Anime Exclusively On Blu-Ray?

 Paprika Blu-ray DVD

Written by Edward Zacharias

This might be old news for anyone who has a keen interest on the high-definition DVD format debate that seems to be pointing at the Blu-ray format as the clear winner. Beginning with Warner Bros making the announcement that they will be supporting Blu-ray rather than jumping on the HD-DVD format that is (in the opinion of many) slowly but surely to be heading into Betamax status This move seems to have given a big boost to the format chosen by Sony to be included in their PlayStation 3 console and sales for Blu-ray players are steadily increasing.

Should HD-DVD owners worry about the sudden shift in favor of Blu-ray? It’s probably still too early to tell but – in my opinion – I expect the format to fizzle sometime in the next few years. After all, it was director Michael Bay who picked the HD-DVD format for his mega blockbuster Transformers and snub the Blu-ray format entirely so there is some support for the format.

What exactly does this mean for anime fans? Well, currently the only high-def version of the wonderful anime movies Paprika and TEKKONKINKREET can be found on the Blu-ray format. Watching Paprika last night I was stunned by the clarity, the crispness of the animation and the colors that seem more vibrant than regular DVDs. In essence, Paprika on Blu-ray is an indication of how amazing future anime release will be on this format. Imagine a Blue-ray box set release of the complete Trinity Blood series? Imagine a full season of Fullmetal Alchemist or Blood + in high-definition?

Blu-ray also has a higher capacity than normal DVDs so the possibilities of juicy extras included for anime releases is enticing. Imagine, if you will, the complete Cowboy Bebop series in both its cut and uncut versions all on one disc? Imagine the second season of Bleach on Blu-ray with the ability to watch it in Spanish, French, German and Italian. There are dozens of different possibilities with this format. If you’re salivating at this prospect you are not alone.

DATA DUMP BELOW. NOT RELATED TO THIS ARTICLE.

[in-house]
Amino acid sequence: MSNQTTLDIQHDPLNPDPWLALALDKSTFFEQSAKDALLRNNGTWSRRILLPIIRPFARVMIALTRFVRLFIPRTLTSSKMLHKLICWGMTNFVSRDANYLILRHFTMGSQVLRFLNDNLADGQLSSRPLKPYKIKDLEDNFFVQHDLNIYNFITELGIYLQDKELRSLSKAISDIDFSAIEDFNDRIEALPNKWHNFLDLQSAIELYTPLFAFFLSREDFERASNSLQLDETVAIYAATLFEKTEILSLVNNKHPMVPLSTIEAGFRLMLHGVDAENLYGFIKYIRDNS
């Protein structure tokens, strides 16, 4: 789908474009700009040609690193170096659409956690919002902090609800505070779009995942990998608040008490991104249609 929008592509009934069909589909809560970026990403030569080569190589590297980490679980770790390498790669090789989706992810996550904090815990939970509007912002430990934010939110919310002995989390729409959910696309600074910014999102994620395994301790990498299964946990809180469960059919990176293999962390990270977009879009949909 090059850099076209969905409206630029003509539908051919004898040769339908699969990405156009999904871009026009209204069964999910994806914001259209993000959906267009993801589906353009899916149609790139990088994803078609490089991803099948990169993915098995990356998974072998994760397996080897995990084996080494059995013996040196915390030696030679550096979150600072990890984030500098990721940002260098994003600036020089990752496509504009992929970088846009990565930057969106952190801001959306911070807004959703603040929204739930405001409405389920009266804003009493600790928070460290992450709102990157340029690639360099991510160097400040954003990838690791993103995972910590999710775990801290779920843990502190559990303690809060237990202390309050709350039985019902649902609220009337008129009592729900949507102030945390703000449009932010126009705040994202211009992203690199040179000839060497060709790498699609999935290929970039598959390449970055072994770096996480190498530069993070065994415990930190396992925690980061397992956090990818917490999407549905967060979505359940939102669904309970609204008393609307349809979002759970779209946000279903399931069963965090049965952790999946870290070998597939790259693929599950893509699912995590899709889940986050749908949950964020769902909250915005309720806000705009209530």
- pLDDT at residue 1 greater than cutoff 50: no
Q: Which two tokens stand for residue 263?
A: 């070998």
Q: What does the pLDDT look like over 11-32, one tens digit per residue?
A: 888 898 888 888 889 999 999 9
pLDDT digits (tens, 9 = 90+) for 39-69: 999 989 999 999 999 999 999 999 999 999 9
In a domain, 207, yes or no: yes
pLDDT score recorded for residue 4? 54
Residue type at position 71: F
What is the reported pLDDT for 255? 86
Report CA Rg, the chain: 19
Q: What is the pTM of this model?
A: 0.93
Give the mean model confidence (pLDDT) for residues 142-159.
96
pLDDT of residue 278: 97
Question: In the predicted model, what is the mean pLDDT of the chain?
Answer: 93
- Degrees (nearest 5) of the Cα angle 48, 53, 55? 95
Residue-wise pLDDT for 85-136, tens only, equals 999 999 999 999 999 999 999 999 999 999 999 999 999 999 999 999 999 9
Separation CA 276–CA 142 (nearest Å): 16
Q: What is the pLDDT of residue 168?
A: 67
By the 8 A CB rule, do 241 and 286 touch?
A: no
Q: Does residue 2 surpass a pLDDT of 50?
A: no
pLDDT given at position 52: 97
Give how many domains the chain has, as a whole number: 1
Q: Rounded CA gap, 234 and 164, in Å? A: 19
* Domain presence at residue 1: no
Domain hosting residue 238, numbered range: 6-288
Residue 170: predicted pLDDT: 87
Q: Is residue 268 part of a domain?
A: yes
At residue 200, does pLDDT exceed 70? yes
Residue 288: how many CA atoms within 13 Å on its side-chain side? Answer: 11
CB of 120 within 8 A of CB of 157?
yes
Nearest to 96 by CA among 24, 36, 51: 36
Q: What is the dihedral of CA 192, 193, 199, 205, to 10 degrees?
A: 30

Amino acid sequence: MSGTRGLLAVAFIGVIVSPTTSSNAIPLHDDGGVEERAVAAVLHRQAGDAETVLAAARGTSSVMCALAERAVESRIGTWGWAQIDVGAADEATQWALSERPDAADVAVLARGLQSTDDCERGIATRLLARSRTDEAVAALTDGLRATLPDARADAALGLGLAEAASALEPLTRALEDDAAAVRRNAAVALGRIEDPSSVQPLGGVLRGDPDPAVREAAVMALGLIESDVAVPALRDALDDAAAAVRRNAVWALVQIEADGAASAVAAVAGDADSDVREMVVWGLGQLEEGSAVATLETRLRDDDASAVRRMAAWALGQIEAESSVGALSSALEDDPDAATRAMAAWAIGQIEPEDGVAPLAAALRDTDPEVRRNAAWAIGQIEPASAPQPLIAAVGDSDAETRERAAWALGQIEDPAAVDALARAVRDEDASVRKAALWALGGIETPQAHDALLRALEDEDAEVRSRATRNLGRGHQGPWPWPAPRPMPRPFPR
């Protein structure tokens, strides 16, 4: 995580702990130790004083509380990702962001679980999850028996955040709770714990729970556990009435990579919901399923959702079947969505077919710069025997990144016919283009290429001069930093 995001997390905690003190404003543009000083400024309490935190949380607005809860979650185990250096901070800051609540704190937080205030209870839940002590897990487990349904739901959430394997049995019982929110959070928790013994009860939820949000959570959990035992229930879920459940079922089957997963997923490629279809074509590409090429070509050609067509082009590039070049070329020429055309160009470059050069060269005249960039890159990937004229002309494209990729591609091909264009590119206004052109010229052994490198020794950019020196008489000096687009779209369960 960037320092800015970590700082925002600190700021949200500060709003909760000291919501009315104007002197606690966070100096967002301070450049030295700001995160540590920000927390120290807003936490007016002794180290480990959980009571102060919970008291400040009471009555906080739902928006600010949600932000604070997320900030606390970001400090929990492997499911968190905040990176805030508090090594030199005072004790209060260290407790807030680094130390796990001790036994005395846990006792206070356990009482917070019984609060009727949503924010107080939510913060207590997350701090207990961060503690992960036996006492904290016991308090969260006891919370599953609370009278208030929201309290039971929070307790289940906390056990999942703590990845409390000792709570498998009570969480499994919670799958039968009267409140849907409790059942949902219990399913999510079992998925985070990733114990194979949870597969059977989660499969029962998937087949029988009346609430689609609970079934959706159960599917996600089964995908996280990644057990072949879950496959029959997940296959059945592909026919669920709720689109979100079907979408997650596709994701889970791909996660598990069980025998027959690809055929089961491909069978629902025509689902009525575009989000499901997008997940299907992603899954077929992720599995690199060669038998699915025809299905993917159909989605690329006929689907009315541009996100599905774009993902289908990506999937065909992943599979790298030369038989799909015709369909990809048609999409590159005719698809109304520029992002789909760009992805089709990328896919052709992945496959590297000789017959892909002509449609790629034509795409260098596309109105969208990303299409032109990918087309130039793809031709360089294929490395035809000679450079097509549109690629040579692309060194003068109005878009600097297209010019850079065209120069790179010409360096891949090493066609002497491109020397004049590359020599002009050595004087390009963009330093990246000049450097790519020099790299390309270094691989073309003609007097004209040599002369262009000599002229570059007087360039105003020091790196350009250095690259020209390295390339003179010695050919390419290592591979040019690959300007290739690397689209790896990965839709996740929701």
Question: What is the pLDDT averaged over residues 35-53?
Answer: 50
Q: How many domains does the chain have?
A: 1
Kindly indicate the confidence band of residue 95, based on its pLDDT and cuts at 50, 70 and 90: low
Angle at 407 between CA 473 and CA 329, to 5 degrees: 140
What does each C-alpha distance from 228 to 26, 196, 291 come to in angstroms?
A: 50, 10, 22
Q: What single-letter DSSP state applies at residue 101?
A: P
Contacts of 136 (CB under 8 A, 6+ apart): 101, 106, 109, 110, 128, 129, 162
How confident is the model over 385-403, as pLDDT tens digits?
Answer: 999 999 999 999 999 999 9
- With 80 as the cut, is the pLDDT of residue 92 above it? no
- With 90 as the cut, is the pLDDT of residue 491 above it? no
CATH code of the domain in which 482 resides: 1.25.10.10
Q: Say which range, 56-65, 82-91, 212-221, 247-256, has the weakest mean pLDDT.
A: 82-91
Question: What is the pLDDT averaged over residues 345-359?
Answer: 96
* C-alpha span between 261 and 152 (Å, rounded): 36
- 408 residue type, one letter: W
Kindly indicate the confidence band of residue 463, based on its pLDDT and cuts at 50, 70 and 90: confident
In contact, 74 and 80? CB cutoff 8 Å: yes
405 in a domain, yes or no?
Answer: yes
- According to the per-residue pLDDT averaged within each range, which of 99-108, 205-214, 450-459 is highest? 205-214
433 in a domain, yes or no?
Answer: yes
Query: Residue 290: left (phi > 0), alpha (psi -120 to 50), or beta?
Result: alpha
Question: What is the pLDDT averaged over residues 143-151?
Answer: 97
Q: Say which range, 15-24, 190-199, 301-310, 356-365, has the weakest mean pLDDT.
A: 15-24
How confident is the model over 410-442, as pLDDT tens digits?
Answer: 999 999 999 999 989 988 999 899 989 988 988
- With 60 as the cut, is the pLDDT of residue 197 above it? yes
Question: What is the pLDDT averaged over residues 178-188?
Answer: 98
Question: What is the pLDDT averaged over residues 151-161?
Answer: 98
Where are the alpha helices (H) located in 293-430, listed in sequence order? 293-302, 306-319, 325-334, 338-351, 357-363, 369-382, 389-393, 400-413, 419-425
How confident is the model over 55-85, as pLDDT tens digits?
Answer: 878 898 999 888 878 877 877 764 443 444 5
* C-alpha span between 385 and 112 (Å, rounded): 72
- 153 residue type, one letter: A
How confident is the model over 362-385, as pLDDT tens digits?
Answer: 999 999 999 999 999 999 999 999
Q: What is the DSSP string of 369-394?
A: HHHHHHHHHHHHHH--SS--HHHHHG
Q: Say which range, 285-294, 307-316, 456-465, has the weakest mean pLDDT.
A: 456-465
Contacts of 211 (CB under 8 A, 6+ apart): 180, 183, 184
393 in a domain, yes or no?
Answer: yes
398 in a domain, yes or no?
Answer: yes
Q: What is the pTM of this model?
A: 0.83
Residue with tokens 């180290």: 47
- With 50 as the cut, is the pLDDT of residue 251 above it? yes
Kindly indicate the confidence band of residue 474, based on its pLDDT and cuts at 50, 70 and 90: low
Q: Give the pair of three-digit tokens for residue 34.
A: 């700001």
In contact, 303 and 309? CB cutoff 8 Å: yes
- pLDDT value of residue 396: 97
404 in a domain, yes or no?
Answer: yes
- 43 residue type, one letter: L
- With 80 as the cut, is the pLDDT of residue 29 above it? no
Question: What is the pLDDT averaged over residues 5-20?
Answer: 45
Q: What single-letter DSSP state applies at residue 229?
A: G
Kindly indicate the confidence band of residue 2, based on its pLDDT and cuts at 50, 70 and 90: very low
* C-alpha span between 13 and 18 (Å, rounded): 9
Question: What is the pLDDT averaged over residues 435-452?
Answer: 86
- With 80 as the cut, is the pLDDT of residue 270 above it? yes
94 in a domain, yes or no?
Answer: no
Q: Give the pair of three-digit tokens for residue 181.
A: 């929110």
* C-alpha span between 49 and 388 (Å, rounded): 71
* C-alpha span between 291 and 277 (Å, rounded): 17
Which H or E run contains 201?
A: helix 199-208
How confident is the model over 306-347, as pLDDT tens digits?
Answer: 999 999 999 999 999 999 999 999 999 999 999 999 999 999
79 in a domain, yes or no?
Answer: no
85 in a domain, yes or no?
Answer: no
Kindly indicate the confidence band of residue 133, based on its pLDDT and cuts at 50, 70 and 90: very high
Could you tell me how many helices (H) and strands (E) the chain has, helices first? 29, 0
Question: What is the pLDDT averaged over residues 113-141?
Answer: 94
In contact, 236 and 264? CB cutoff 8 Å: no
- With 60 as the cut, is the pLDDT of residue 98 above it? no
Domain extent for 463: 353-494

Of course, Blu-ray movies are – at the moment – quite expensive but we can expect a change in price when the HD-DVD and Blu-ray format wars are finally over. The hefty price tag might be a turn-off for consumers who think most anime releases are a tad expensive to begin with so justifying the purchase of the $29.98 Blu-ray version of Death Note vol. 5 to a $19.98 version of the same volume might be a matter of how much you’re willing to spend on a difference in quality. Most likely, the high-definition versions will most likely reserved to box sets and collections of an entire series.

Either way, we are now in a digital age that is demanding a higher quality that only high-definition can bring and it’s only a matter of time when we will find our favorite series on Blu-ray (or HD-DVD) but make no mistake there will be a clear cut winner and my guess is that it will be Blu-ray.

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